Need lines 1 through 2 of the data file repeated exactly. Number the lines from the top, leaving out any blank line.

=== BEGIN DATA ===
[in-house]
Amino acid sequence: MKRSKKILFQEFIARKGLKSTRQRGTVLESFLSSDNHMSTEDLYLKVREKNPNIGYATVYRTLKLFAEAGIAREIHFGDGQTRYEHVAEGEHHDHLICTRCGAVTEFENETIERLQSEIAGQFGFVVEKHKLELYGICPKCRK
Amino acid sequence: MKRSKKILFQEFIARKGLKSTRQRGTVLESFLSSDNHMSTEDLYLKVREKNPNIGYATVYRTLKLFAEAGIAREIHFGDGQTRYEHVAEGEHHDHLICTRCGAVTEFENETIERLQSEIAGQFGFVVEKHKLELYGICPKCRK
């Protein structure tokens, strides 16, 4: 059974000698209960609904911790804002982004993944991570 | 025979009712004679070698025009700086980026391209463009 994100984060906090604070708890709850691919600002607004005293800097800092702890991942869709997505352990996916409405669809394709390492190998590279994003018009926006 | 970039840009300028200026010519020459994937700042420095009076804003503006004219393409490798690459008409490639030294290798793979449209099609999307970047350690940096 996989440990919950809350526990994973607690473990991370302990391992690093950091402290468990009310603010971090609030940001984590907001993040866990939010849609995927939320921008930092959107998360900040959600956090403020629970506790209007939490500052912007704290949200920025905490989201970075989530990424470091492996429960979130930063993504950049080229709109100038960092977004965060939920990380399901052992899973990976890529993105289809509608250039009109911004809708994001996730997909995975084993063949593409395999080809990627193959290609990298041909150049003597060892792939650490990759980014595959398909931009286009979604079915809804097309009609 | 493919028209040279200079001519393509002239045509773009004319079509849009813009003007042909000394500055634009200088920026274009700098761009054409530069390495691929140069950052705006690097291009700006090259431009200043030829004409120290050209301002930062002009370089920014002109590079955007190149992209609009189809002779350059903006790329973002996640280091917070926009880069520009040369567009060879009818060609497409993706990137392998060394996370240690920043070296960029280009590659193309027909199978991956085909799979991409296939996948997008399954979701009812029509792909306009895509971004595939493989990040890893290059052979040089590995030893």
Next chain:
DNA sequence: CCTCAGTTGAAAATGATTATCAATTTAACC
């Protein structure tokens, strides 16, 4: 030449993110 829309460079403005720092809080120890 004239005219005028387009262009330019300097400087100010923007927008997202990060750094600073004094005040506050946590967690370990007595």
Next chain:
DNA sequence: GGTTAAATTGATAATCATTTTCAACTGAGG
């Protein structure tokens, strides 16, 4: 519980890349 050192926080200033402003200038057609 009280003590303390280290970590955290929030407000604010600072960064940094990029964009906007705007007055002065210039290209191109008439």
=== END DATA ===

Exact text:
[in-house]
Amino acid sequence: MKRSKKILFQEFIARKGLKSTRQRGTVLESFLSSDNHMSTEDLYLKVREKNPNIGYATVYRTLKLFAEAGIAREIHFGDGQTRYEHVAEGEHHDHLICTRCGAVTEFENETIERLQSEIAGQFGFVVEKHKLELYGICPKCRK